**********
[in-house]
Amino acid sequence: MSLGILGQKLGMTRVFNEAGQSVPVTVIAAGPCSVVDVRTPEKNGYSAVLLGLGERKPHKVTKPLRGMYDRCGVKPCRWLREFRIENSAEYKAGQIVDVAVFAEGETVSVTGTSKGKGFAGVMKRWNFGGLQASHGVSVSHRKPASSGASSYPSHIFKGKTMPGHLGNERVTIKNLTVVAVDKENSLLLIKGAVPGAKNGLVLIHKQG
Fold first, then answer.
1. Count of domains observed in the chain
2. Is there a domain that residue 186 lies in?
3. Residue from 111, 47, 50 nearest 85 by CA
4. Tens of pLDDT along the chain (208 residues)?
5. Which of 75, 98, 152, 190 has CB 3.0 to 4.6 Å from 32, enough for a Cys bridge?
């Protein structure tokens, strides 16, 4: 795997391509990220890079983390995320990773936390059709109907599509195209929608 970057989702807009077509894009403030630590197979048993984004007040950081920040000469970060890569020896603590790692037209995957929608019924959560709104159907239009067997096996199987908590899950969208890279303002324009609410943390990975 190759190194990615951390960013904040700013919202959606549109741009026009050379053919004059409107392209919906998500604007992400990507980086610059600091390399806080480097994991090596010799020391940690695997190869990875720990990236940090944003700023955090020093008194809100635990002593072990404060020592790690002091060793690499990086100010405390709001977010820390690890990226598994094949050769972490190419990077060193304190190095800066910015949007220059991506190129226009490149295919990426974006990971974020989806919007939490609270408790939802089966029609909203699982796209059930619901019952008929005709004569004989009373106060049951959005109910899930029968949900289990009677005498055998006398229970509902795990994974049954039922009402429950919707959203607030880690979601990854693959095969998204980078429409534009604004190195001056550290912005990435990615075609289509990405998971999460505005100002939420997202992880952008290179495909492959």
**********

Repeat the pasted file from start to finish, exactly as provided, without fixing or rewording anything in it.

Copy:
[in-house]
Amino acid sequence: MSLGILGQKLGMTRVFNEAGQSVPVTVIAAGPCSVVDVRTPEKNGYSAVLLGLGERKPHKVTKPLRGMYDRCGVKPCRWLREFRIENSAEYKAGQIVDVAVFAEGETVSVTGTSKGKGFAGVMKRWNFGGLQASHGVSVSHRKPASSGASSYPSHIFKGKTMPGHLGNERVTIKNLTVVAVDKENSLLLIKGAVPGAKNGLVLIHKQG
Fold first, then answer.
1. Count of domains observed in the chain
2. Is there a domain that residue 186 lies in?
3. Residue from 111, 47, 50 nearest 85 by CA
4. Tens of pLDDT along the chain (208 residues)?
5. Which of 75, 98, 152, 190 has CB 3.0 to 4.6 Å from 32, enough for a Cys bridge?
């Protein structure tokens, strides 16, 4: 795997391509990220890079983390995320990773936390059709109907599509195209929608 970057989702807009077509894009403030630590197979048993984004007040950081920040000469970060890569020896603590790692037209995957929608019924959560709104159907239009067997096996199987908590899950969208890279303002324009609410943390990975 190759190194990615951390960013904040700013919202959606549109741009026009050379053919004059409107392209919906998500604007992400990507980086610059600091390399806080480097994991090596010799020391940690695997190869990875720990990236940090944003700023955090020093008194809100635990002593072990404060020592790690002091060793690499990086100010405390709001977010820390690890990226598994094949050769972490190419990077060193304190190095800066910015949007220059991506190129226009490149295919990426974006990971974020989806919007939490609270408790939802089966029609909203699982796209059930619901019952008929005709004569004989009373106060049951959005109910899930029968949900289990009677005498055998006398229970509902795990994974049954039922009402429950919707959203607030880690979601990854693959095969998204980078429409534009604004190195001056550290912005990435990615075609289509990405998971999460505005100002939420997202992880952008290179495909492959």